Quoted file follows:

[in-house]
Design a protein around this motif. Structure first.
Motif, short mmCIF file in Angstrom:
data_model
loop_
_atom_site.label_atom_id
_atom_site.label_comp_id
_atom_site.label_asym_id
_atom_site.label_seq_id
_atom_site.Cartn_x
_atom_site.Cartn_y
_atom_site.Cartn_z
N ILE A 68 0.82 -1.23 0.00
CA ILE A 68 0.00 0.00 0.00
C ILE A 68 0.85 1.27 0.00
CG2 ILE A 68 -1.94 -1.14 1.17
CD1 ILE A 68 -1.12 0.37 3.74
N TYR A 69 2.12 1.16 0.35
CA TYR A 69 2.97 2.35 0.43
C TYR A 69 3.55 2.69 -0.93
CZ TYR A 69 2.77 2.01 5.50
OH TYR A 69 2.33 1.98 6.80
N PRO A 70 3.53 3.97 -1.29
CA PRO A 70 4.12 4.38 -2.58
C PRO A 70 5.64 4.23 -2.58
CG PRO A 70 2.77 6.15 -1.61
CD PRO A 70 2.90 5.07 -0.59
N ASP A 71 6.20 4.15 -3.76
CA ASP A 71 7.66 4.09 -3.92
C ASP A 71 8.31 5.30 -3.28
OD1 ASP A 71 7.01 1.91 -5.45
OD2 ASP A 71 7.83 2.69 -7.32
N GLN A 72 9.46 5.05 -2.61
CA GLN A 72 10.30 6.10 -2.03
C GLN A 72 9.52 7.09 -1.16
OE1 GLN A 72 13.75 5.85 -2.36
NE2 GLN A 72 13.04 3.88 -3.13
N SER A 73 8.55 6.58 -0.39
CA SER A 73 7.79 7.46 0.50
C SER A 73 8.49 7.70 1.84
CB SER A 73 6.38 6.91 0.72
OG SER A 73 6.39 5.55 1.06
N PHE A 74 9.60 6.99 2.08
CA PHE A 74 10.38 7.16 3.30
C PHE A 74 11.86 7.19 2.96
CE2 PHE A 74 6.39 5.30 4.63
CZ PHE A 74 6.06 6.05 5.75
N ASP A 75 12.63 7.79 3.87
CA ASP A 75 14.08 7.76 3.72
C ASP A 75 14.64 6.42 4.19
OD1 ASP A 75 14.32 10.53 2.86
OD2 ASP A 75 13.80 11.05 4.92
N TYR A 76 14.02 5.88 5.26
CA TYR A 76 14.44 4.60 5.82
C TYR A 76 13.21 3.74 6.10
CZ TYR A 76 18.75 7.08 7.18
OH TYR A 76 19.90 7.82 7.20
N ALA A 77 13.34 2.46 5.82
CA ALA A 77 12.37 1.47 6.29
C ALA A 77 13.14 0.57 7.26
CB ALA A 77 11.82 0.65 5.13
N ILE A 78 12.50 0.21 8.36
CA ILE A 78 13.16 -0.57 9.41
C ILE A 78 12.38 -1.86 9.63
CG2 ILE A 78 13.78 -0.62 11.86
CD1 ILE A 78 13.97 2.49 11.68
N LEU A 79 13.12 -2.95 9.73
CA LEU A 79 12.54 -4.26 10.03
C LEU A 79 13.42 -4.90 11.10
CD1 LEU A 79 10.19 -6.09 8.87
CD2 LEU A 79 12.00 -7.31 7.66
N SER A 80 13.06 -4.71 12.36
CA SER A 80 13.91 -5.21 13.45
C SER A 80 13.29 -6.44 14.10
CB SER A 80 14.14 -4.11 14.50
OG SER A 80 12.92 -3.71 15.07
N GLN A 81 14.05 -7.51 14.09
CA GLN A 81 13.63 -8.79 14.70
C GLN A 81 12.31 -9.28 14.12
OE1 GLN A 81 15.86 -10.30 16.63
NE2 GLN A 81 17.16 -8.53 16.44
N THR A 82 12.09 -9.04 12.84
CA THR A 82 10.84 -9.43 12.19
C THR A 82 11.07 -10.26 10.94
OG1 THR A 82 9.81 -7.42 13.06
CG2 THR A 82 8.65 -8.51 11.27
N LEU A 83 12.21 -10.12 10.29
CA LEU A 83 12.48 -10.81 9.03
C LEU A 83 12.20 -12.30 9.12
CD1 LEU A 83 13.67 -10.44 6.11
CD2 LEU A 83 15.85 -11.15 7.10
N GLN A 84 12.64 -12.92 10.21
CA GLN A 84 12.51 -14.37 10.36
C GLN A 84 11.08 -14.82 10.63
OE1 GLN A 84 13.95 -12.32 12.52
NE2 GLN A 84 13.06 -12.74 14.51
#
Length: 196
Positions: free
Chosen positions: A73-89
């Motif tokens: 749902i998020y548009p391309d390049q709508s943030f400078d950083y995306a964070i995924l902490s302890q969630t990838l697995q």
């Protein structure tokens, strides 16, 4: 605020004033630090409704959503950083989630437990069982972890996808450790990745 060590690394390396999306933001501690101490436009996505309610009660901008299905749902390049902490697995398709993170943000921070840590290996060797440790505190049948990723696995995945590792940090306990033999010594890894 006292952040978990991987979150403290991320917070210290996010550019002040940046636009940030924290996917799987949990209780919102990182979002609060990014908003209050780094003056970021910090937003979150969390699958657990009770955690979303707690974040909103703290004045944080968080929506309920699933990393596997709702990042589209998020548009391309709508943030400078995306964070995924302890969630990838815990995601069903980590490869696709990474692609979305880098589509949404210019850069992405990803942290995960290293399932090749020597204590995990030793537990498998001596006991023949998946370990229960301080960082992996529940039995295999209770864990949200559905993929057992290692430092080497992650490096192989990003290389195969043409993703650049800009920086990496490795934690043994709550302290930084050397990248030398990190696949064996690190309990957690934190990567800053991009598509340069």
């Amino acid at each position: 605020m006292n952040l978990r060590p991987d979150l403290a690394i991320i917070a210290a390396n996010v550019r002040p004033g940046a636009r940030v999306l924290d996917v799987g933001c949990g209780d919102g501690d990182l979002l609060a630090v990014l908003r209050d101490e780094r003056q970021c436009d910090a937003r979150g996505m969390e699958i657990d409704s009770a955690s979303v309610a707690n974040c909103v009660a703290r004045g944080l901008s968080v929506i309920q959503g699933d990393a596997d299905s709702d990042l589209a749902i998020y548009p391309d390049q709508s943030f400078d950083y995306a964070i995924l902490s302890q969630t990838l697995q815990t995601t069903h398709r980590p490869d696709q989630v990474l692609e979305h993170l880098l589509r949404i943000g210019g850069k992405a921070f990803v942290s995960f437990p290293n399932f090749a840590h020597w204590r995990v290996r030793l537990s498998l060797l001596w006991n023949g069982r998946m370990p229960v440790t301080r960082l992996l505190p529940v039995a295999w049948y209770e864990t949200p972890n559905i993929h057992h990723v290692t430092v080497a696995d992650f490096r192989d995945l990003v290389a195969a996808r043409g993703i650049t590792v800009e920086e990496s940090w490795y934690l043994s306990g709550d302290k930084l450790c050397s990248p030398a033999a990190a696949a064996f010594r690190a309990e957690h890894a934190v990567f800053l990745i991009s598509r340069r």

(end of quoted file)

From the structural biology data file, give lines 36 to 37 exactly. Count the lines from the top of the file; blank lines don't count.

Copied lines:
OE1 GLN A 72 13.75 5.85 -2.36
NE2 GLN A 72 13.04 3.88 -3.13